Spain and the Philippines – Future Possibilities through Fellowships

The Eye Cancer Foundation has been working to improve eye care in countries lacking eye cancer specialists. KTG interviewed two doctors from the Philippines who are eager to participate in a six-month fellowship program in Barcelona, learning from renowned specialist Dr. Juame Catalá. Their goal is to return to their homeland equipped to provide treatment and educate other vision specialists in their region.

KTG is excited about these programs led by Dr. Finger, President of The Eye Cancer Foundation, as they strive to make a difference in the face of needless deaths among children due to late retinoblastoma diagnosis exacerbated by the pandemic.

During the interview, Dr. Eva Catedral, a partial recipient, and Dr. Majourette Dy Varela, a scheduled recipient, shared their experiences and the challenges faced in their home country. Dr. Catedral explained how unfortunate it was that COVID interrupted her training but expressed her desire to soon complete the program. Even in the brief time she was there, she saw several early stage and some late stage retinoblastoma cases in Barcelona which exponentially increased her understanding of treatment, equipment, and the overall management of retinoblastoma. Upon returning to the Philippines, she was disheartened to have since encountered three cases of late-stage retinoblastoma all requiring exenteration, chemotherapy, and facial reconstruction. Detecting early stage retinoblastoma is so uncommon that she  realizes the urgent need to raise public awareness about detecting the “glow” in a child’s eye.  She is putting up a retinoblastoma awareness program and leading retinoblastoma research in West Visayas State University College of Medicine.  KTG hopes to be additive to those efforts!

Dr. Majourette Dy Varela, based in Manila, also expressed the need for awareness in the Philippines and the unique challenges faced there in spreading the message. She emphasized the importance of efficient referrals and early detection through education, aiming to train various medical healthcare personnel, including ophthalmologists, optometrists, nursing students, and medical students. Unfortunately, COVID forced the discontinuation of some critical team positions, such as the RB Coordinator position, due to funding constraints. Driven by the potential of future eye care in the Philippines, both doctors aspire to involve other healthcare workers and partners in screening and education efforts.  Dr. Varela is particularly driven to put together a team and a referral pathway that will streamline the experience for future families.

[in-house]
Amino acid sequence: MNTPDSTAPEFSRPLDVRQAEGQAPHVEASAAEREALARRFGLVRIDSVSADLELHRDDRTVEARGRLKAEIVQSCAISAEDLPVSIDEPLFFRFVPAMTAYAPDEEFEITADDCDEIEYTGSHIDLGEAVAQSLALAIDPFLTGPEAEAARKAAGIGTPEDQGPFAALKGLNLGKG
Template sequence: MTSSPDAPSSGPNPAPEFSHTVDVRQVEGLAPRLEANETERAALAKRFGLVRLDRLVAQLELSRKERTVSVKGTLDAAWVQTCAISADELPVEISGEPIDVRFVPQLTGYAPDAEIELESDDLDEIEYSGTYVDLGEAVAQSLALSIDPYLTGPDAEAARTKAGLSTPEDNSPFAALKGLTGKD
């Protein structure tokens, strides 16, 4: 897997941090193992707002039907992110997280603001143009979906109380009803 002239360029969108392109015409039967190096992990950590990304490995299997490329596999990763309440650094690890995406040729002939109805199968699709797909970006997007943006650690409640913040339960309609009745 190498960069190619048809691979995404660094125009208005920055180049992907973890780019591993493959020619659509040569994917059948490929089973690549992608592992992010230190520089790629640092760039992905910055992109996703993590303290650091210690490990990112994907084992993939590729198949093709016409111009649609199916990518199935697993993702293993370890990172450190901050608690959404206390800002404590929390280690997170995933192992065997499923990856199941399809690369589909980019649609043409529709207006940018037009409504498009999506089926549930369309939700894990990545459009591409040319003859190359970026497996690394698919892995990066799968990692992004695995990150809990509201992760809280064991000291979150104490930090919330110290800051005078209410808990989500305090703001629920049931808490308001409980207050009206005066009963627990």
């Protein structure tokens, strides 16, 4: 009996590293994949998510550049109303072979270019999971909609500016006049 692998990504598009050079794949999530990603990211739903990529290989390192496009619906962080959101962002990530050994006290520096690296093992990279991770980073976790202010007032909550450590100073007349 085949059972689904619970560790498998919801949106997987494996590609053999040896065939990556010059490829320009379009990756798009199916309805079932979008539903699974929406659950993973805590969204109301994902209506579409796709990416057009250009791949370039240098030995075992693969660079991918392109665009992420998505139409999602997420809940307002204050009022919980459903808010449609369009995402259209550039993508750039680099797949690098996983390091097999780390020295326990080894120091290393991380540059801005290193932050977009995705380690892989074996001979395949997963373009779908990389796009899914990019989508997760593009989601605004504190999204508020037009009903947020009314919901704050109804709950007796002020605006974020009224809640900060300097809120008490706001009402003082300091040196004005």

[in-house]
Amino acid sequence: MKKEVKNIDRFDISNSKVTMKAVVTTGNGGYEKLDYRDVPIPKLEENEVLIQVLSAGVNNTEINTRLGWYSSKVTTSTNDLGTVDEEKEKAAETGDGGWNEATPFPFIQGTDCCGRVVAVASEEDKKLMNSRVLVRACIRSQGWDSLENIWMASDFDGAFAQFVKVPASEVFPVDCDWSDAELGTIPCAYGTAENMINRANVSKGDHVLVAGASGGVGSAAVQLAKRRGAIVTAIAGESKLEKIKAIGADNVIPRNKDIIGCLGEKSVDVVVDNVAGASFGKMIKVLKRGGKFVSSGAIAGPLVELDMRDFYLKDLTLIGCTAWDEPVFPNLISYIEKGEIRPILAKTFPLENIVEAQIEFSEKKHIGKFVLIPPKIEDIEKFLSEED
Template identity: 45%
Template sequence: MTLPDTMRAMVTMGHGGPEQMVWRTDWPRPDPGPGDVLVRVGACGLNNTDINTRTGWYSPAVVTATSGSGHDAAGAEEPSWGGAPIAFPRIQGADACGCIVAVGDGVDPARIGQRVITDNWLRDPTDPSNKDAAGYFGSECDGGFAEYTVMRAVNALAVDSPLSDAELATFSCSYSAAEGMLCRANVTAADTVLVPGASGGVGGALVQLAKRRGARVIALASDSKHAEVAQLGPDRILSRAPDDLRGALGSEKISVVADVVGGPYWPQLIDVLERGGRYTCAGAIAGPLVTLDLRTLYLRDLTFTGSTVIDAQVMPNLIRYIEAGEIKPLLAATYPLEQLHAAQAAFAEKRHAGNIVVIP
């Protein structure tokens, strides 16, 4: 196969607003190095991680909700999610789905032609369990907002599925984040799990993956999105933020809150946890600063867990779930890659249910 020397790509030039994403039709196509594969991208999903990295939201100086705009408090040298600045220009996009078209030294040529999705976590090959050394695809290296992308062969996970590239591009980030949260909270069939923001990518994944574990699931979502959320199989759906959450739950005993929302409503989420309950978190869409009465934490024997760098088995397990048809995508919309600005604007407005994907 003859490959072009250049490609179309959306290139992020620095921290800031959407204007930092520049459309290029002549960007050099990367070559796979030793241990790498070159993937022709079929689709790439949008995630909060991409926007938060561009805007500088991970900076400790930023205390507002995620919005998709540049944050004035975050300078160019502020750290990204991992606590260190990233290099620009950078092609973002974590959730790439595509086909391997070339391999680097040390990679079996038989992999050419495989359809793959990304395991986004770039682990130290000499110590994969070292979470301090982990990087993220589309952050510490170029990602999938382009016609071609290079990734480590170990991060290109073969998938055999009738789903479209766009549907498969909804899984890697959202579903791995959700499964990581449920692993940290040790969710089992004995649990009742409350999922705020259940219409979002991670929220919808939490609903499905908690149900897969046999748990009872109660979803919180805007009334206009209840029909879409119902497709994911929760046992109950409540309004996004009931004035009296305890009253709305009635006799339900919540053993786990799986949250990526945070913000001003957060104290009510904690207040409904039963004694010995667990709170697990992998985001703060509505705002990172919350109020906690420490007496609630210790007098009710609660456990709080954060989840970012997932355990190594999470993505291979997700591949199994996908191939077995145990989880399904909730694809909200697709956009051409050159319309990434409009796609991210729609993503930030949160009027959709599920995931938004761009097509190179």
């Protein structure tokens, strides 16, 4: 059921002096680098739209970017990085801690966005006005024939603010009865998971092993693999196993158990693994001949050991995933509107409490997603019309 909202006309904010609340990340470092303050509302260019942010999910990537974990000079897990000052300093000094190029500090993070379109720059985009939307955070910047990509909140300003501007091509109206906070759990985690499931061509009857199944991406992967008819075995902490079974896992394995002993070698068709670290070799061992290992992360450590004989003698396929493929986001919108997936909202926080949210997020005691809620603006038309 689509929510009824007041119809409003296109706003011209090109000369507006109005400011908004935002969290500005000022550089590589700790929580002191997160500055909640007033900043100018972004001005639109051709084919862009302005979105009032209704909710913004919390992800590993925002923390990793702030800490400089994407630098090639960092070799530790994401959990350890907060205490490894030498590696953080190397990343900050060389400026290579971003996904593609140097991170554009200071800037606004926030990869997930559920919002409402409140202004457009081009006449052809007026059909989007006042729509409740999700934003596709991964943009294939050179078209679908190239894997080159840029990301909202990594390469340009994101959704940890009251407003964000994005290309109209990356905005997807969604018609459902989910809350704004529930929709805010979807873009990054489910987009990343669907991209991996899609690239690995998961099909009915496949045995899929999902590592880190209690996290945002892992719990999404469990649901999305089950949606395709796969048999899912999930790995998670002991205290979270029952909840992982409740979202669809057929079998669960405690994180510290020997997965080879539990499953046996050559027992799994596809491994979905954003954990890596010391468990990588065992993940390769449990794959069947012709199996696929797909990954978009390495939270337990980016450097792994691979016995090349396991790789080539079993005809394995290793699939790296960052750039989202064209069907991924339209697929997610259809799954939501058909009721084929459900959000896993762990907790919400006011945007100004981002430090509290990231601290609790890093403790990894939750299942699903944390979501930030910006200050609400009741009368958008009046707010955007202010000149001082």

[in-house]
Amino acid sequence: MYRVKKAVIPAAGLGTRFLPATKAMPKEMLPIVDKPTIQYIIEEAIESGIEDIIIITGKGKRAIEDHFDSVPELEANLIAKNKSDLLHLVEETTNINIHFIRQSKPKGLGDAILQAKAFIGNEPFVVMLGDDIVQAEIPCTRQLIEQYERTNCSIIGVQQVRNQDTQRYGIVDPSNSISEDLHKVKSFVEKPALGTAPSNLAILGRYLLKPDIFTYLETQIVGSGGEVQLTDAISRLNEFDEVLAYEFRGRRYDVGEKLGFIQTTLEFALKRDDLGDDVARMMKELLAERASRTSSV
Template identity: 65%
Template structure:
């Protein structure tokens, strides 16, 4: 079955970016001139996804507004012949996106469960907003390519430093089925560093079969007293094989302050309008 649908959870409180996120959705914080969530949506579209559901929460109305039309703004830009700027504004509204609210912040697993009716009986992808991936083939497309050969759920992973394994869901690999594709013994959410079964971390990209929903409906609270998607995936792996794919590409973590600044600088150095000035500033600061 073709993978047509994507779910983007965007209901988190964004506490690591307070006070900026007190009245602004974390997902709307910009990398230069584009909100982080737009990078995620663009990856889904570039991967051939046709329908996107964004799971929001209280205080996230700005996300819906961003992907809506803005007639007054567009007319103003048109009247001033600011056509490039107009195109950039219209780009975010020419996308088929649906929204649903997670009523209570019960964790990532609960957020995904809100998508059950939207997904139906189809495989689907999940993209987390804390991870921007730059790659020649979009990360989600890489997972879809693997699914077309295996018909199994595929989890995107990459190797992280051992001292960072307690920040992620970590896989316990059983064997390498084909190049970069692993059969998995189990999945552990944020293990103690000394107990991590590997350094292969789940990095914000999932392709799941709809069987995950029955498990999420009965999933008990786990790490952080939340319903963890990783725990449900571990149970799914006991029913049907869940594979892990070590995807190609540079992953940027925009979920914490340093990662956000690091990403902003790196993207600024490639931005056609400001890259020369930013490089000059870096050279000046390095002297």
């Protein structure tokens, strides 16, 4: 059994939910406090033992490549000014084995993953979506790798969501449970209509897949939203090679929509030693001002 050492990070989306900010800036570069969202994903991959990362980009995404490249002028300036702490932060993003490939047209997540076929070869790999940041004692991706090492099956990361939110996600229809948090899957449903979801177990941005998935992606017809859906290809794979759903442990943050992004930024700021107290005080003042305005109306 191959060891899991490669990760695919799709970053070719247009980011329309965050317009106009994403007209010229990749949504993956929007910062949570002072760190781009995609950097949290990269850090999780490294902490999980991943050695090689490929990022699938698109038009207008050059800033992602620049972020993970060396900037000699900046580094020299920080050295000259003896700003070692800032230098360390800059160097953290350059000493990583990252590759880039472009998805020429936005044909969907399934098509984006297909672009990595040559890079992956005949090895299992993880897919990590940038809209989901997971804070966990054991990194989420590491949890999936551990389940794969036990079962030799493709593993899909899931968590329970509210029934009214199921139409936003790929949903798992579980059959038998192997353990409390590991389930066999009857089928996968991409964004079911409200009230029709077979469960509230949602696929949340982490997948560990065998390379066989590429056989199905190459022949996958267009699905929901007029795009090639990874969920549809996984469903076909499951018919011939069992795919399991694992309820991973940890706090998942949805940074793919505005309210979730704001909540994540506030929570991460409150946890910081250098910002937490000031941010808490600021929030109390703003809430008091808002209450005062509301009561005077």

As we discussed how general awareness could play a key role in early detection, Dr. Catedral, mother of three and married to a radiologist, shared a personal story about a colleague and her child’s retinoblastoma diagnosis. Her colleague recognized the glow in a photo of her child’s eye and, armed with previous knowledge in medical school about leukocoria, she found her way to timely treatment. The child was diagnosed with bilateral RB and though one eye was lost to enucleation the other was saved and the child’s life safeguarded. Both Dr. Catedral and Dr. Varela lamented that these success stories are far too rare.  

While the problem begins with accurate initial diagnosis, issues with funding and transporting families in need of treatment pose challenges due to financial and geographical constraints, with the loss of available halfway houses making the issue that much more challenging.

Despite the concerning situation in the Philippines, KTG and the doctors remain optimistic about the potential for impact and the future of eye care in the Philippines. They eagerly await the resumption of the fellowship program, where the knowledge gained in Barcelona can be applied to educate, support, and guide families on their retinoblastoma journeys.

We look forward to working alongside these doctors as they build awareness elements into their respective programs and to finding out when next these amazing ophthalmologists will be visiting their mentors in Spain!  We will happily then hope to share about just how transformative the experience will be not only for them, but for their colleagues, their patients, and for the future of vision for all children in their beautiful country.